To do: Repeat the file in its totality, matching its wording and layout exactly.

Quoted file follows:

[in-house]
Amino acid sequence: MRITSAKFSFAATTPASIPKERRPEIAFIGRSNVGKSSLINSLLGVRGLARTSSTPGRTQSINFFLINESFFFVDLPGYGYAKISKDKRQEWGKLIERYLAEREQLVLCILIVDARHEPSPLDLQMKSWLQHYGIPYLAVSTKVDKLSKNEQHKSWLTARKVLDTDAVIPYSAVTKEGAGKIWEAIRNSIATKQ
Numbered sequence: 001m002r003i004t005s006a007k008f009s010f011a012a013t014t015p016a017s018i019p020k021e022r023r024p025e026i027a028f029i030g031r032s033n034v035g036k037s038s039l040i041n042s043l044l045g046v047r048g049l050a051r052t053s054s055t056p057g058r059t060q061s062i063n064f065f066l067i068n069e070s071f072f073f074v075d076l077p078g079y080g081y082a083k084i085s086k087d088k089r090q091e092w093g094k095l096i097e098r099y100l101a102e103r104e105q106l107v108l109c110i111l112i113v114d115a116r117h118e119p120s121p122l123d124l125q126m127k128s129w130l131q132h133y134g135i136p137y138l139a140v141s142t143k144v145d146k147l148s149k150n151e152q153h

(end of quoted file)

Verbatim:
[in-house]
Amino acid sequence: MRITSAKFSFAATTPASIPKERRPEIAFIGRSNVGKSSLINSLLGVRGLARTSSTPGRTQSINFFLINESFFFVDLPGYGYAKISKDKRQEWGKLIERYLAEREQLVLCILIVDARHEPSPLDLQMKSWLQHYGIPYLAVSTKVDKLSKNEQHKSWLTARKVLDTDAVIPYSAVTKEGAGKIWEAIRNSIATKQ
Numbered sequence: 001m002r003i004t005s006a007k008f009s010f011a012a013t014t015p016a017s018i019p020k021e022r023r024p025e026i027a028f029i030g031r032s033n034v035g036k037s038s039l040i041n042s043l044l045g046v047r048g049l050a051r052t053s054s055t056p057g058r059t060q061s062i063n064f065f066l067i068n069e070s071f072f073f074v075d076l077p078g079y080g081y082a083k084i085s086k087d088k089r090q091e092w093g094k095l096i097e098r099y100l101a102e103r104e105q106l107v108l109c110i111l112i113v114d115a116r117h118e119p120s121p122l123d124l125q126m127k128s129w130l131q132h133y134g135i136p137y138l139a140v141s142t143k144v145d146k147l148s149k150n151e152q153h